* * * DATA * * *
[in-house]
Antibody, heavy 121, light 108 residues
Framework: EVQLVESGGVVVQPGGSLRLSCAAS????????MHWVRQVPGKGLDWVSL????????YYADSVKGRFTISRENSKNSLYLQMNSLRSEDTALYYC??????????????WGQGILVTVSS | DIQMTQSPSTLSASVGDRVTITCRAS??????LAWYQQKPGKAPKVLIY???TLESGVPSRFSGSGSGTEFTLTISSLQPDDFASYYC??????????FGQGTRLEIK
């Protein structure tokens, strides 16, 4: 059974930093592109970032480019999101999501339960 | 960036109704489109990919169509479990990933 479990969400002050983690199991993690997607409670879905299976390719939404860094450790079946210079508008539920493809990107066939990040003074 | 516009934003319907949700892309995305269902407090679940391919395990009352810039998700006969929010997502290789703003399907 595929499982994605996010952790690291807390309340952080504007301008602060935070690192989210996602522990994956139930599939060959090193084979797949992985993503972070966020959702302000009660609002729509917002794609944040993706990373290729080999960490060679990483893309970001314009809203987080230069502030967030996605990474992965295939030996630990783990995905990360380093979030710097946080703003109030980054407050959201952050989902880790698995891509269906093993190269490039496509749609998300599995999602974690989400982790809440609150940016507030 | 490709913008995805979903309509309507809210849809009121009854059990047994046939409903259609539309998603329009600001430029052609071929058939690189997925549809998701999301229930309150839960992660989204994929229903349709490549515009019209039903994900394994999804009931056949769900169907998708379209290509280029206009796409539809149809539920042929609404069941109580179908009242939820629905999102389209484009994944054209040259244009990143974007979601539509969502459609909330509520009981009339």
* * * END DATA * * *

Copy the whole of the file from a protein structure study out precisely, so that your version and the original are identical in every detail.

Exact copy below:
[in-house]
Antibody, heavy 121, light 108 residues
Framework: EVQLVESGGVVVQPGGSLRLSCAAS????????MHWVRQVPGKGLDWVSL????????YYADSVKGRFTISRENSKNSLYLQMNSLRSEDTALYYC??????????????WGQGILVTVSS | DIQMTQSPSTLSASVGDRVTITCRAS??????LAWYQQKPGKAPKVLIY???TLESGVPSRFSGSGSGTEFTLTISSLQPDDFASYYC??????????FGQGTRLEIK
């Protein structure tokens, strides 16, 4: 059974930093592109970032480019999101999501339960 | 960036109704489109990919169509479990990933 479990969400002050983690199991993690997607409670879905299976390719939404860094450790079946210079508008539920493809990107066939990040003074 | 516009934003319907949700892309995305269902407090679940391919395990009352810039998700006969929010997502290789703003399907 595929499982994605996010952790690291807390309340952080504007301008602060935070690192989210996602522990994956139930599939060959090193084979797949992985993503972070966020959702302000009660609002729509917002794609944040993706990373290729080999960490060679990483893309970001314009809203987080230069502030967030996605990474992965295939030996630990783990995905990360380093979030710097946080703003109030980054407050959201952050989902880790698995891509269906093993190269490039496509749609998300599995999602974690989400982790809440609150940016507030 | 490709913008995805979903309509309507809210849809009121009854059990047994046939409903259609539309998603329009600001430029052609071929058939690189997925549809998701999301229930309150839960992660989204994929229903349709490549515009019209039903994900394994999804009931056949769900169907998708379209290509280029206009796409539809149809539920042929609404069941109580179908009242939820629905999102389209484009994944054209040259244009990143974007979601539509969502459609909330509520009981009339």